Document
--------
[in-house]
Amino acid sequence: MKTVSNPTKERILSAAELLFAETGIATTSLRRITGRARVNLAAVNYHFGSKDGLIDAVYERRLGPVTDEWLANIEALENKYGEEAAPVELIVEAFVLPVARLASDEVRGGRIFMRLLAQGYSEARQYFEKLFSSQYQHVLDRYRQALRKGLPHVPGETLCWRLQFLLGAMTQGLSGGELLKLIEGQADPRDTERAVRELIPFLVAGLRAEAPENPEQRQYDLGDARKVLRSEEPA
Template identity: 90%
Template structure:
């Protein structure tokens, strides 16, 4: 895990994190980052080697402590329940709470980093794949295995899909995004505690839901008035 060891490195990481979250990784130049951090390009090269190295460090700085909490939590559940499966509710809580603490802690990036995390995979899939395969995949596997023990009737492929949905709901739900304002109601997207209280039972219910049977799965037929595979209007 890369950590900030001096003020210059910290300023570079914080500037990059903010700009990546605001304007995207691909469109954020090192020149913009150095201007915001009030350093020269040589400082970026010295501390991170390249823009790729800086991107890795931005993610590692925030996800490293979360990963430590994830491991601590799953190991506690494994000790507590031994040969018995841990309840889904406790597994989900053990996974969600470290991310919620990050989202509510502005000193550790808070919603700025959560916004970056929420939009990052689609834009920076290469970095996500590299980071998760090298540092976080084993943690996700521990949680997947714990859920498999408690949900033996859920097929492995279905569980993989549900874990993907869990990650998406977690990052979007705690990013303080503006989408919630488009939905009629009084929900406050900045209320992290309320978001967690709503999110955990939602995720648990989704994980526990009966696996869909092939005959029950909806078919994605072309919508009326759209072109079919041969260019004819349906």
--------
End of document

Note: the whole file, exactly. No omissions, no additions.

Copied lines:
[in-house]
Amino acid sequence: MKTVSNPTKERILSAAELLFAETGIATTSLRRITGRARVNLAAVNYHFGSKDGLIDAVYERRLGPVTDEWLANIEALENKYGEEAAPVELIVEAFVLPVARLASDEVRGGRIFMRLLAQGYSEARQYFEKLFSSQYQHVLDRYRQALRKGLPHVPGETLCWRLQFLLGAMTQGLSGGELLKLIEGQADPRDTERAVRELIPFLVAGLRAEAPENPEQRQYDLGDARKVLRSEEPA
Template identity: 90%
Template structure:
């Protein structure tokens, strides 16, 4: 895990994190980052080697402590329940709470980093794949295995899909995004505690839901008035 060891490195990481979250990784130049951090390009090269190295460090700085909490939590559940499966509710809580603490802690990036995390995979899939395969995949596997023990009737492929949905709901739900304002109601997207209280039972219910049977799965037929595979209007 890369950590900030001096003020210059910290300023570079914080500037990059903010700009990546605001304007995207691909469109954020090192020149913009150095201007915001009030350093020269040589400082970026010295501390991170390249823009790729800086991107890795931005993610590692925030996800490293979360990963430590994830491991601590799953190991506690494994000790507590031994040969018995841990309840889904406790597994989900053990996974969600470290991310919620990050989202509510502005000193550790808070919603700025959560916004970056929420939009990052689609834009920076290469970095996500590299980071998760090298540092976080084993943690996700521990949680997947714990859920498999408690949900033996859920097929492995279905569980993989549900874990993907869990990650998406977690990052979007705690990013303080503006989408919630488009939905009629009084929900406050900045209320992290309320978001967690709503999110955990939602995720648990989704994980526990009966696996869909092939005959029950909806078919994605072309919508009326759209072109079919041969260019004819349906």